10 Table 2 ADVANCES IN MEDICINE THROUGHOUT HISTORY Prehistoric Period No written records revealed by archaeology findings Evil spirits caused disease Ancient Egypt Written records in form of symbols and drawings Greatly improved medical practices Study of anatomy via mummification Greek and Roman Period Disease containment via stone buildings Handwritten documentation Hippocrates advances medicine from religion to science Galen learns anatomy by dissecting animals Middle Ages People less healthy compared to previous years Little advancement in medicine Increase in number of physicians Renaissance Period Revival of Greek and Roman medical ideas Documentation now printed distribution of medical information faster and easier First time scientists can study exact drawings of human anatomy William Harvey publishes circulation theory Smallpox and measles kills many people Eighteenth and Nineteenth Centuries Rapidly growing industries Overpopulation causes rapid spread of disease Pasteur and Koch prove germs cause disease Florence Nightingale sets standards for nursing and hospital care Physicians become responsible for patient medical records Medical stenographers assist in medical records documentation Twentieth Century Great medical changes occur Fleming discovers the mold that led to the development of penicillin Increased awareness of diseases like acquired immunodeficiency syndrome Twenty-First Century Focus on cost containment Focus on wellness instead of just sick care Technology playing increased role Move toward electronic health records Summary Your new knowledge of the history of medicine will help you as you study and learn in the health care field. The history of medicine will give you a better understanding of why medicine and health care practices work in a particular way. In the next section, we ll review the history of medicine specifically related to the United States. Now, review the material you ve studied here. Once you feel you understand the material, complete Self-Check Introduction to Allied Health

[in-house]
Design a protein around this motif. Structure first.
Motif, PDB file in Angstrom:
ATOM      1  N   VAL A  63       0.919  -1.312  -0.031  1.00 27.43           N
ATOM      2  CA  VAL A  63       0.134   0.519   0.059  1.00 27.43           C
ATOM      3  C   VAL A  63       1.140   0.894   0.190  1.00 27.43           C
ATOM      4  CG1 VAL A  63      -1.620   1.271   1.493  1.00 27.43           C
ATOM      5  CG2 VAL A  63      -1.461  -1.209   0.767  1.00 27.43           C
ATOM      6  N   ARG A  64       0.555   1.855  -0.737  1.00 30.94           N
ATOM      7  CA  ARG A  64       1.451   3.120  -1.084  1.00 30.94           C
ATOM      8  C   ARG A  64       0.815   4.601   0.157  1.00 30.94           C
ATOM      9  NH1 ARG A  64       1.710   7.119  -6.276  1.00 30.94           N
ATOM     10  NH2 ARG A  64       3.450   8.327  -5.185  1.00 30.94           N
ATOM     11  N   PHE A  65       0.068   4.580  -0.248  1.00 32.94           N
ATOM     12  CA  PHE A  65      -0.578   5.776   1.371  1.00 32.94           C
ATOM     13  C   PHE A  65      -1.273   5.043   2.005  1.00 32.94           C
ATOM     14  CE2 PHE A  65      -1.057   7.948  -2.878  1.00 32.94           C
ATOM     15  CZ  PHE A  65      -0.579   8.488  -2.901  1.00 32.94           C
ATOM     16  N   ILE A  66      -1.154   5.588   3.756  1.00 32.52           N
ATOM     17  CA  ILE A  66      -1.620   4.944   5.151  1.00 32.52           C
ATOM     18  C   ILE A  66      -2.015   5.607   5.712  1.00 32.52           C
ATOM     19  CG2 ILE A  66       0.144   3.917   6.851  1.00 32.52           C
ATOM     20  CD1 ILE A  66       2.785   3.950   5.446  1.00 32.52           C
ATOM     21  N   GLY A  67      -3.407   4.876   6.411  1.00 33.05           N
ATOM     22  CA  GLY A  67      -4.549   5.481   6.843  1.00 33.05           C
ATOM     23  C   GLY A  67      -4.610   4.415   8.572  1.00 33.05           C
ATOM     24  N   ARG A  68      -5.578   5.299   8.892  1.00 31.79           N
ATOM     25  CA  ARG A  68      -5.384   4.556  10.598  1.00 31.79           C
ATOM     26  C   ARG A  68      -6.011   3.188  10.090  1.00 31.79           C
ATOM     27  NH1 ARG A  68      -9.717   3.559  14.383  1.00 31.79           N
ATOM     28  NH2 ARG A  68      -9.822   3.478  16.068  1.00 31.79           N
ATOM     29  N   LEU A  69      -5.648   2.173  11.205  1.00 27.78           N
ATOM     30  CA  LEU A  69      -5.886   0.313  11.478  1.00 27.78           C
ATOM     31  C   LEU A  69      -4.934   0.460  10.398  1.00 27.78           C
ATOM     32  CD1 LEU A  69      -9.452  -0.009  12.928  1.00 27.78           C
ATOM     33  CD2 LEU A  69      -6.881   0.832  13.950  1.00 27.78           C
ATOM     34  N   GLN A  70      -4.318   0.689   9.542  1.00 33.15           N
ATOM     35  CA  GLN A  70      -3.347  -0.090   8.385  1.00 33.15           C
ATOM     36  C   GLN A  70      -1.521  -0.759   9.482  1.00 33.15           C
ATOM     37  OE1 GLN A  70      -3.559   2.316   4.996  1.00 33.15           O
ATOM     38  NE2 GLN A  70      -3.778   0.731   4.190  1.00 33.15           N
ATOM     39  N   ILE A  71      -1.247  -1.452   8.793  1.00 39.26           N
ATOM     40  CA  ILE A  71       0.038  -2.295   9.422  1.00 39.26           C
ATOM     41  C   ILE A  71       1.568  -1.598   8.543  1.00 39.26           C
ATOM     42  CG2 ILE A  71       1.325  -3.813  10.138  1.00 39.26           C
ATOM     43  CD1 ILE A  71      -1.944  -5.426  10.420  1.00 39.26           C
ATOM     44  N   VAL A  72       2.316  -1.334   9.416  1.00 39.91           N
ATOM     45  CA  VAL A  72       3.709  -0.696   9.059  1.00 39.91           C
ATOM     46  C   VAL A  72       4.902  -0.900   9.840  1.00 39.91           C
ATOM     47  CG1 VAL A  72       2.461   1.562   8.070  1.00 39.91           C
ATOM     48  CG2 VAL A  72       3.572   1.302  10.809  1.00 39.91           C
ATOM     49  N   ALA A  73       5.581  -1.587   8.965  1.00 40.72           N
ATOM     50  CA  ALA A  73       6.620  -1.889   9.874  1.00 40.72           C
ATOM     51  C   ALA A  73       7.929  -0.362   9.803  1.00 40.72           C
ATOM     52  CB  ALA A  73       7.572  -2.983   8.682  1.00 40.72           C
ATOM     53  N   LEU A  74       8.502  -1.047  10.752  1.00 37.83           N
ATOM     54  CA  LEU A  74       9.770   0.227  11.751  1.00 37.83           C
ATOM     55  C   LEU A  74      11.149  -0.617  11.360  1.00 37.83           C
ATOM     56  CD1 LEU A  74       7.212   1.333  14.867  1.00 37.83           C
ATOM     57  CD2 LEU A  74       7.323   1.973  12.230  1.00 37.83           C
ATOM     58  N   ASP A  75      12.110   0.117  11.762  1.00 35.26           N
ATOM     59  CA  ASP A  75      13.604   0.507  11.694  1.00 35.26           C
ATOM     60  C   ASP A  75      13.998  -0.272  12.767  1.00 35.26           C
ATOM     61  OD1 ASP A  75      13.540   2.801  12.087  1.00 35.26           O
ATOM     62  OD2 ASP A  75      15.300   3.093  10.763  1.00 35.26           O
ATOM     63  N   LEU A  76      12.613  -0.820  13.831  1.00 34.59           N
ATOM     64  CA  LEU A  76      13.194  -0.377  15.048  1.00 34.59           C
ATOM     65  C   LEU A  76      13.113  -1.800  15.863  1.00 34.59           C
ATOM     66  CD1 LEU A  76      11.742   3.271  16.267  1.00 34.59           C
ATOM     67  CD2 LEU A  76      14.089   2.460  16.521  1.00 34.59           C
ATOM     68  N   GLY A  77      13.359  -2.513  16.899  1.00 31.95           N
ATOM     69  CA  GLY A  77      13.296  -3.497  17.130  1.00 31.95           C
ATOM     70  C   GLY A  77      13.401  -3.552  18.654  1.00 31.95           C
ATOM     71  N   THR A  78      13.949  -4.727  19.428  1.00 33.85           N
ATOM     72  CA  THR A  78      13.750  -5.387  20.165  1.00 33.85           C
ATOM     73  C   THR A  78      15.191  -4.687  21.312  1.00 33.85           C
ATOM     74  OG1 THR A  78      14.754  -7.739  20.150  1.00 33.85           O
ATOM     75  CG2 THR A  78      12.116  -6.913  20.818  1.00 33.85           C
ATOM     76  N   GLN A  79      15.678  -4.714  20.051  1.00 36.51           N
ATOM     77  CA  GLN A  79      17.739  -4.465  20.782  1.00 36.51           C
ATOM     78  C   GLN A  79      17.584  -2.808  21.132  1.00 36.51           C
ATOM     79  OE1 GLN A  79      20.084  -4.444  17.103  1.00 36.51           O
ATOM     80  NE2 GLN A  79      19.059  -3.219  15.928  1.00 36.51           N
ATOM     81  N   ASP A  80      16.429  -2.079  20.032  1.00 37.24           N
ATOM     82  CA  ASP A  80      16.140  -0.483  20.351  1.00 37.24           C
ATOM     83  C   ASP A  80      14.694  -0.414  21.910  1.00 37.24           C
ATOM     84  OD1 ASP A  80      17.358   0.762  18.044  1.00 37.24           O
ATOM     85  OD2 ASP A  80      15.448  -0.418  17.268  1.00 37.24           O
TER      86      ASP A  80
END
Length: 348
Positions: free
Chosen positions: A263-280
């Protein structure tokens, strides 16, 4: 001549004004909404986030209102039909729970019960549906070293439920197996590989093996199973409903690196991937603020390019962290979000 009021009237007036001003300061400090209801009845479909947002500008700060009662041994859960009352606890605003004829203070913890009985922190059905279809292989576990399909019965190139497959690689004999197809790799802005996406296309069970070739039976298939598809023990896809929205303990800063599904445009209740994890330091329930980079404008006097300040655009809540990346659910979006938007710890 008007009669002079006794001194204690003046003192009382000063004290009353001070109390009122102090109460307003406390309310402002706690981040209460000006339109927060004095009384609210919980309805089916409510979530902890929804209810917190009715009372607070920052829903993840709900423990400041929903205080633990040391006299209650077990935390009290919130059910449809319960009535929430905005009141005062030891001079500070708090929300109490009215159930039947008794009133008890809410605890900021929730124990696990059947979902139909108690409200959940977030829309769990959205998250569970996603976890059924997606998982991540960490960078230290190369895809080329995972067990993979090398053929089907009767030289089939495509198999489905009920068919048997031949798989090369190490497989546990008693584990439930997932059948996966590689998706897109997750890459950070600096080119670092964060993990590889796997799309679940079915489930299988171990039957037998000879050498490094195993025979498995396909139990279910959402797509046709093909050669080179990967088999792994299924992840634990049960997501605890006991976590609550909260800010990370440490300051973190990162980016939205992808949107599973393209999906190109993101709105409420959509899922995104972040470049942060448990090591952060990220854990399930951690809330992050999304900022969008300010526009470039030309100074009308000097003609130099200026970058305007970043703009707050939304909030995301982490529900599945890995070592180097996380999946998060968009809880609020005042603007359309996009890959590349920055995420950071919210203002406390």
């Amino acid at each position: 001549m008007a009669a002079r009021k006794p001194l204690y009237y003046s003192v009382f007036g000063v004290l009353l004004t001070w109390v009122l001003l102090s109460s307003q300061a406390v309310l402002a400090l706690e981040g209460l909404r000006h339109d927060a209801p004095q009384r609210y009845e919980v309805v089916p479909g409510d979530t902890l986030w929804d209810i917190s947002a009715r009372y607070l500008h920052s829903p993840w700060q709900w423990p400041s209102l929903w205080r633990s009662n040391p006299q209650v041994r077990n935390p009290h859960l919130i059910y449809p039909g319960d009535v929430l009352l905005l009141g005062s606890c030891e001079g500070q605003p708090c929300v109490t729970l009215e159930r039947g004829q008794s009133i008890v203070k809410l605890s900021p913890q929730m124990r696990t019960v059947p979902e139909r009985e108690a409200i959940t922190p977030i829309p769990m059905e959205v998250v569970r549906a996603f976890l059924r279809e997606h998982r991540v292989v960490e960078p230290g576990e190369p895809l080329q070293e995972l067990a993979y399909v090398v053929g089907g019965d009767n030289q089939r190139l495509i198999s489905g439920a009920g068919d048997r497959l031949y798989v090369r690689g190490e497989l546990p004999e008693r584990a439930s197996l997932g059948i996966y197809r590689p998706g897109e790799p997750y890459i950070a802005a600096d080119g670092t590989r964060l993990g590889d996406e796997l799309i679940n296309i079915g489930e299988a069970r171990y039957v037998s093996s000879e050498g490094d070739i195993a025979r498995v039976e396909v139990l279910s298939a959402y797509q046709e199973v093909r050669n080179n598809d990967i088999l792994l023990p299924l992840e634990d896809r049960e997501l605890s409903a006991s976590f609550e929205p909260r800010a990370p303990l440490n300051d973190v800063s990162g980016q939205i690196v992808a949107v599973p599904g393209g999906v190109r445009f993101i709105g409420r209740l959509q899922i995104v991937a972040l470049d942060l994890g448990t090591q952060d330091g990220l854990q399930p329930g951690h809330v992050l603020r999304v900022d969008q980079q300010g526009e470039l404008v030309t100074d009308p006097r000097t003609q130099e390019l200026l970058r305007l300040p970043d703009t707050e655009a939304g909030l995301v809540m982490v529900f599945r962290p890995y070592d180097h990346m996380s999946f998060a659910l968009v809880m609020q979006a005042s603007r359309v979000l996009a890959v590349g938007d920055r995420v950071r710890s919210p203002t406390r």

11 Self-Check 1 At the end of each section of Introduction to Allied Health, you ll be asked to pause and check your understanding of what you ve just read by completing a Self-Check exercise. Answering these questions will help you review what you ve studied so far. Please complete Self-Check 1 now. 1. Why is it important for a health information management technician to understand the history of medicine? 2. Who kept the earliest forms of written medical records? What was the form of those records? 3. Who was known as the Father of Medicine? What was named after him and is still used by medical students and doctors today? Questions 4 9: Identify the person or people associated with each description. 4. Self-educated in anatomy and surgical skills by dissecting animals 5. Discovered a mold that led to the development of penicillin 6. Proved that germs cause disease 7. Developed a vaccine for smallpox 8. Set standards for nursing and hospitals that improved patient care 9. Developed the theory that blood pumped through the heart Check your answers with those on page 77. Introduction to Allied Health 11